The confrontations between police and demonstrators at the Stonewall Inn in New York City the weekend of June 27-29, 1969 mark the beginning of the modern glbtq movement for equal rights.
Formed soon after the Stonewall Riots of 1969, the short-lived but influential Gay Liberation Front brought a new militancy to the movement that became known as gay liberation.
The sexual revolution of post-World War II America changed sexual and gender roles profoundly.
"Leather" is a blanket term for a large array of sexual preferences, identities, relationship structures, and social organizations loosely tied together by the thread of what is conventionally understood as sadomasochistic sex.
Although best known for her crusade for women's suffrage, Susan B. Anthony spoke out on a range of feminist issues.
With reports from hundreds of sub-Saharan African locales of male-male sexual relations and from about fifty of female-female sexual relations, it is clear that same-sex sexual relations existed in traditional African societies, though varying in forms and in the degree of public acceptance
Androgyny, a psychological blending of gender traits, has long been embraced by strong women, soft men, members of queer communities, and others who do not easily fit into traditionally defined gender categories.
A cultural crossroads between Asia and Europe, Russia has a long, rich, and often violent heritage of varied influences and stark confrontations in regard to its patterns of same-sex love.
After a debate of more than three hours in which a number of "wrecking" amendments were decisively rejected, Scotland's Parliament voted overwhelmingly in favor of marriage equality. On its third and final reading, the bill was approved on a vote of 105 to 18. Same-sex marriages may begin as early as the end of July.
As Joe Morgan reports in Gay Star News, the announcement of the vote was greeted by a standing ovation from the audience in the gallery.
The legislation, which was brought forward by the ruling Scottish National Party, was broadly supported by the opposition parties as well. The government's bill followed a consultation, which produced a record 77,508 responses.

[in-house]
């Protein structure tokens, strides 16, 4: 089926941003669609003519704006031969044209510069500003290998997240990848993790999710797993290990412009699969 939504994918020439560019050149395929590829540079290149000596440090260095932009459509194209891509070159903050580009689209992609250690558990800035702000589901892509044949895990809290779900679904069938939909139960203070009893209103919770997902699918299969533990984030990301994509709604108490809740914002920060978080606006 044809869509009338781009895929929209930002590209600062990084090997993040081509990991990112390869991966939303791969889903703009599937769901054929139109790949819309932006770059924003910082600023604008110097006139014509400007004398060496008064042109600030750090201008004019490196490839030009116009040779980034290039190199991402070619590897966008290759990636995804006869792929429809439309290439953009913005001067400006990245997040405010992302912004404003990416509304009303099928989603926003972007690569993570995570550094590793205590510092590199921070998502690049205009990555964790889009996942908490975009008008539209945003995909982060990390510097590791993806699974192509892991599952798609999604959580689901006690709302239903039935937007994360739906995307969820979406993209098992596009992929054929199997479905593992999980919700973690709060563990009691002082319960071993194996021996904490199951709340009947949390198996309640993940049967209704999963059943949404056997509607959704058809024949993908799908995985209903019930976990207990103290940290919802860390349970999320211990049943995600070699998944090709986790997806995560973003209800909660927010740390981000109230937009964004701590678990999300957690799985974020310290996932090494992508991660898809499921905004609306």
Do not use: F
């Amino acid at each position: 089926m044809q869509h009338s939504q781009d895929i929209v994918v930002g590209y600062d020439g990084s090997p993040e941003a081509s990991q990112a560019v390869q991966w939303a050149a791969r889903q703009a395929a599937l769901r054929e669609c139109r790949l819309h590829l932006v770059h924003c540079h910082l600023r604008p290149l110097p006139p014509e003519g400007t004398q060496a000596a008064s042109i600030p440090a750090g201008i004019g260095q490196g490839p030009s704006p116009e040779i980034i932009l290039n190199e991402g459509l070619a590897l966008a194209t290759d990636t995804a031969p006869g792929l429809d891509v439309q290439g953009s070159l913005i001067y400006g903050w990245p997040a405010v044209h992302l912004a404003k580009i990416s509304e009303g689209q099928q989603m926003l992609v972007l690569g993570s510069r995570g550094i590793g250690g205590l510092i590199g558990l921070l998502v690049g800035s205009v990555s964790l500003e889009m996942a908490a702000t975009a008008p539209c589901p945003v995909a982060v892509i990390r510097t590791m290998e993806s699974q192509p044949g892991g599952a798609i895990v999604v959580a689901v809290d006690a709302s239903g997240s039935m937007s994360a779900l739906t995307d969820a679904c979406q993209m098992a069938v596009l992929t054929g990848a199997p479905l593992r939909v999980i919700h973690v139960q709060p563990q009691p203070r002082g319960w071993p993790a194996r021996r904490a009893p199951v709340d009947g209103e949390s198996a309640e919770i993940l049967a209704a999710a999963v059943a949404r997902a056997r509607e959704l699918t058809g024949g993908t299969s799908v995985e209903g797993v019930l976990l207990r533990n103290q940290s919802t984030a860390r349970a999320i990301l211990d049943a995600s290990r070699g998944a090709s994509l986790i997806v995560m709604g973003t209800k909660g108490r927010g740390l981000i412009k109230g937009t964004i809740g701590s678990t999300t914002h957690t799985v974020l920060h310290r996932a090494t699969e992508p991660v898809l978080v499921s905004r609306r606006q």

Although it was opposed by Scotland's two largest religious organizations--the Roman Catholic Church and the Church of Scotland--the marriage bill was supported by other religious groups, including the Unitarians and the Quakers. The bill allows religious bodies to "opt in" to perform same-sex unions if they choose to do so, while permitting individual celebrants to refuse to perform marriages. In addition, the bill allows Humanist ceremonies as well as civil ceremonies.
The bill also contains a number of provisions assuring equal rights to marriage for transgender and intersex people.
Most of the amendments advanced by opponents of same-sex marriage were designed to offer special protection to religious groups and individuals opposed to marriage equality. In rejecting them, supporters of the bill said that religious organizations and opponents of equal rights were sufficiently protected by the bill itself and other legislation that guarantees freedom of expression.
Two openly gay members of the Parliament spoke forcefully in favor of the bill and against the potentially "wrecking" amendments. Scottish National Party MSP Jim Eadie criticized the amendments as "both discriminatory and unnecessary," while Scottish Green Party MSP Patrick Harvie reminded his fellow parliamentarians that prejudice against glbtq people remains in Scotland, as evidenced by some of the mail he received during the consideration of the bill.
Eadie also said, "I believe this bill will have a hugely positive impact on our society and on the health and well-being of LGBT people in our country." He added, "This is a profound moment in our nation's history."
The vote was hailed by glbtq activists and organizations. Tom French, policy coordinator for the Equality Network, said "Today will be remembered in history as the day that lesbian, gay, and bisexual people were finally granted full legal equality in Scotland, and given an equal right to marry the person they love."
He added, "This is a profoundly emotional moment for many people who grew up in a country where being gay was still a criminal offence until 1980."
Nathan Gale, development officer at the Scottish Transgender Alliance, remarked on behalf of the organization: "We are delighted that the Scottish Parliament has passed a bill today that can genuinely be described as equal marriage. The Marriage and Civil Partnership (Scotland) Bill puts the needs of trans and intersex people at its center."
Colin Macfarlane, director of Stonewall Scotland, said: "This a truly historic moment for lesbian, gay, bisexual and transgender people in Scotland," and congratulated the MSPs for having "overwhelmingly demonstrated that they're committed to building a Scotland fit for the 21st century."
The bill must now be signed by Queen Elizabeth II.
Following the historic vote, Alex Neil, Minister for Health, issued the following video on behalf of the Scottish government.